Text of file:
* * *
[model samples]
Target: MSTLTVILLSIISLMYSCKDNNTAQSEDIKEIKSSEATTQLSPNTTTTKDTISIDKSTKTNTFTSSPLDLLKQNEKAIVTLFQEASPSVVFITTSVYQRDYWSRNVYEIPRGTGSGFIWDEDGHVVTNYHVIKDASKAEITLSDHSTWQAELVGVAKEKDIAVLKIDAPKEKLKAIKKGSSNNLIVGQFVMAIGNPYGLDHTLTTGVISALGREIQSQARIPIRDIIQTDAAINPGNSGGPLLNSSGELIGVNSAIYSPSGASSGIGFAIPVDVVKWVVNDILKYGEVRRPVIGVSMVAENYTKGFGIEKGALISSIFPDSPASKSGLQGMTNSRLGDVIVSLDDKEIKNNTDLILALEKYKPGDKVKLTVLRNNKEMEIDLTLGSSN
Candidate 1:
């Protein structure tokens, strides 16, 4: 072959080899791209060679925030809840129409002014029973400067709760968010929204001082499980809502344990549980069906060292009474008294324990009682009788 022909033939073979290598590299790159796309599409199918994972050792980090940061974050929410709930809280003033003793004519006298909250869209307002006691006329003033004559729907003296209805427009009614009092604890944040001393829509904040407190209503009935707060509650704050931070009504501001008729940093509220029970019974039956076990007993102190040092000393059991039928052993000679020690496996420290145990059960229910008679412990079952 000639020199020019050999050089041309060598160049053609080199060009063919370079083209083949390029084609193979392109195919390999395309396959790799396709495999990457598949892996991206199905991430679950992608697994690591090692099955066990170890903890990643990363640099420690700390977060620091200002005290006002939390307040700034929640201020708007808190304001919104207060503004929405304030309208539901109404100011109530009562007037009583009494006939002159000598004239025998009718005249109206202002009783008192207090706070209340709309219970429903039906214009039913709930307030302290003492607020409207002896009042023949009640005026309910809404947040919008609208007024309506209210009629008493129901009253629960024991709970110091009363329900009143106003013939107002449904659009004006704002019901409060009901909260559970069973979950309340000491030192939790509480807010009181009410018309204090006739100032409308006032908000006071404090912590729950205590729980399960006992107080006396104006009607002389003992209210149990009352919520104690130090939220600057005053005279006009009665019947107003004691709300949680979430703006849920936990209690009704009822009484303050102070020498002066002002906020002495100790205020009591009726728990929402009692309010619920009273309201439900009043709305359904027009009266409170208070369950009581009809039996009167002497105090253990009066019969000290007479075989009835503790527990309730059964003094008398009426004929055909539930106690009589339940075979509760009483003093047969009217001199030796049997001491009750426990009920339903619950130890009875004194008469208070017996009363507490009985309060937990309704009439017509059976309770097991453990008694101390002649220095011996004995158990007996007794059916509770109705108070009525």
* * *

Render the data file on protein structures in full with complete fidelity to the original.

[model samples]
Target: MSTLTVILLSIISLMYSCKDNNTAQSEDIKEIKSSEATTQLSPNTTTTKDTISIDKSTKTNTFTSSPLDLLKQNEKAIVTLFQEASPSVVFITTSVYQRDYWSRNVYEIPRGTGSGFIWDEDGHVVTNYHVIKDASKAEITLSDHSTWQAELVGVAKEKDIAVLKIDAPKEKLKAIKKGSSNNLIVGQFVMAIGNPYGLDHTLTTGVISALGREIQSQARIPIRDIIQTDAAINPGNSGGPLLNSSGELIGVNSAIYSPSGASSGIGFAIPVDVVKWVVNDILKYGEVRRPVIGVSMVAENYTKGFGIEKGALISSIFPDSPASKSGLQGMTNSRLGDVIVSLDDKEIKNNTDLILALEKYKPGDKVKLTVLRNNKEMEIDLTLGSSN
Candidate 1:
């Protein structure tokens, strides 16, 4: 072959080899791209060679925030809840129409002014029973400067709760968010929204001082499980809502344990549980069906060292009474008294324990009682009788 022909033939073979290598590299790159796309599409199918994972050792980090940061974050929410709930809280003033003793004519006298909250869209307002006691006329003033004559729907003296209805427009009614009092604890944040001393829509904040407190209503009935707060509650704050931070009504501001008729940093509220029970019974039956076990007993102190040092000393059991039928052993000679020690496996420290145990059960229910008679412990079952 000639020199020019050999050089041309060598160049053609080199060009063919370079083209083949390029084609193979392109195919390999395309396959790799396709495999990457598949892996991206199905991430679950992608697994690591090692099955066990170890903890990643990363640099420690700390977060620091200002005290006002939390307040700034929640201020708007808190304001919104207060503004929405304030309208539901109404100011109530009562007037009583009494006939002159000598004239025998009718005249109206202002009783008192207090706070209340709309219970429903039906214009039913709930307030302290003492607020409207002896009042023949009640005026309910809404947040919008609208007024309506209210009629008493129901009253629960024991709970110091009363329900009143106003013939107002449904659009004006704002019901409060009901909260559970069973979950309340000491030192939790509480807010009181009410018309204090006739100032409308006032908000006071404090912590729950205590729980399960006992107080006396104006009607002389003992209210149990009352919520104690130090939220600057005053005279006009009665019947107003004691709300949680979430703006849920936990209690009704009822009484303050102070020498002066002002906020002495100790205020009591009726728990929402009692309010619920009273309201439900009043709305359904027009009266409170208070369950009581009809039996009167002497105090253990009066019969000290007479075989009835503790527990309730059964003094008398009426004929055909539930106690009589339940075979509760009483003093047969009217001199030796049997001491009750426990009920339903619950130890009875004194008469208070017996009363507490009985309060937990309704009439017509059976309770097991453990008694101390002649220095011996004995158990007996007794059916509770109705108070009525």